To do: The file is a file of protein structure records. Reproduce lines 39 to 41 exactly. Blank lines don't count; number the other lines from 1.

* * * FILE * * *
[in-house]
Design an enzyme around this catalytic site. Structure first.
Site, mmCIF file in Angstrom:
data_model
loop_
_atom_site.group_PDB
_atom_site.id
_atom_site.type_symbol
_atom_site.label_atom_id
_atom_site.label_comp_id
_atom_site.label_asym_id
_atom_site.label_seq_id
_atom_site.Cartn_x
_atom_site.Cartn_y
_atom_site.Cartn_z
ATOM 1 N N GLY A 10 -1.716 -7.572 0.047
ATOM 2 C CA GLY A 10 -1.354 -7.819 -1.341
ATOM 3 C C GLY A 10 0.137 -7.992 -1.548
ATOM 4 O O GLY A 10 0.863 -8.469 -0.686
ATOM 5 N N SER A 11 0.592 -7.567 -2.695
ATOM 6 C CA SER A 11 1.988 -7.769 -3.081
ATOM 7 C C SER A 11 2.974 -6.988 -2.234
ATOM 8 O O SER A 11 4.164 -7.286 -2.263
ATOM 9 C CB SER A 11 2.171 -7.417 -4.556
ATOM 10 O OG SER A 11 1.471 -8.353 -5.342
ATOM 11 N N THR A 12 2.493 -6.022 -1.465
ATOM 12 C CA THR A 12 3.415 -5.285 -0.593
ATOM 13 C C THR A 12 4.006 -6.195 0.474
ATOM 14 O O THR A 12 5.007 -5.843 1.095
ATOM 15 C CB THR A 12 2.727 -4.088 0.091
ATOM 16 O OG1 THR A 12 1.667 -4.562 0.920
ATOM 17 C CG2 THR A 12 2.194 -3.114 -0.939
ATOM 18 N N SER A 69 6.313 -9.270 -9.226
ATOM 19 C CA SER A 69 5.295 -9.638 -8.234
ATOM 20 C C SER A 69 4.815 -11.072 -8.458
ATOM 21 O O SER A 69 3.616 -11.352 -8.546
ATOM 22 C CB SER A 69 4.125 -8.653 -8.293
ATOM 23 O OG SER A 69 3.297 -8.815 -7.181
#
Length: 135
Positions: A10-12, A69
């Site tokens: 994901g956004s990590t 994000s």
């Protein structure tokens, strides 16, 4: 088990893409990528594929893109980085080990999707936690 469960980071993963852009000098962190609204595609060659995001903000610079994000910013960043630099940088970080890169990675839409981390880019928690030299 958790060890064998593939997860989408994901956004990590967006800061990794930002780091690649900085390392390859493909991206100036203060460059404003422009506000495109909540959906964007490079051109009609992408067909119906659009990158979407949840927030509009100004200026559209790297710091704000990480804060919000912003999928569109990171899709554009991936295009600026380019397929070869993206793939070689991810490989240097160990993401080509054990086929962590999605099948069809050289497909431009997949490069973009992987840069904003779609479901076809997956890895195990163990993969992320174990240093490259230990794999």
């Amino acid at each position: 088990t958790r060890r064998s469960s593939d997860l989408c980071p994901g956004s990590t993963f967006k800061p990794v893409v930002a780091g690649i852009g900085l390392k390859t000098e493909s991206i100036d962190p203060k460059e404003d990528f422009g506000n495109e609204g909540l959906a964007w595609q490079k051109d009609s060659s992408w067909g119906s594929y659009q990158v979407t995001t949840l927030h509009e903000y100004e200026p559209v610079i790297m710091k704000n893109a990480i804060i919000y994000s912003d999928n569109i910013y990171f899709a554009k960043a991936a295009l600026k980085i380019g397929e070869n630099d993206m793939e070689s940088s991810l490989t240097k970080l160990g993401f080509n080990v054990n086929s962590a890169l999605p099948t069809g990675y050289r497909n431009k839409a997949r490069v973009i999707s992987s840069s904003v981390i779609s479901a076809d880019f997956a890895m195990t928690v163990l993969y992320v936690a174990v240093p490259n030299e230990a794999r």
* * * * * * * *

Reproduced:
#
Length: 135
Positions: A10-12, A69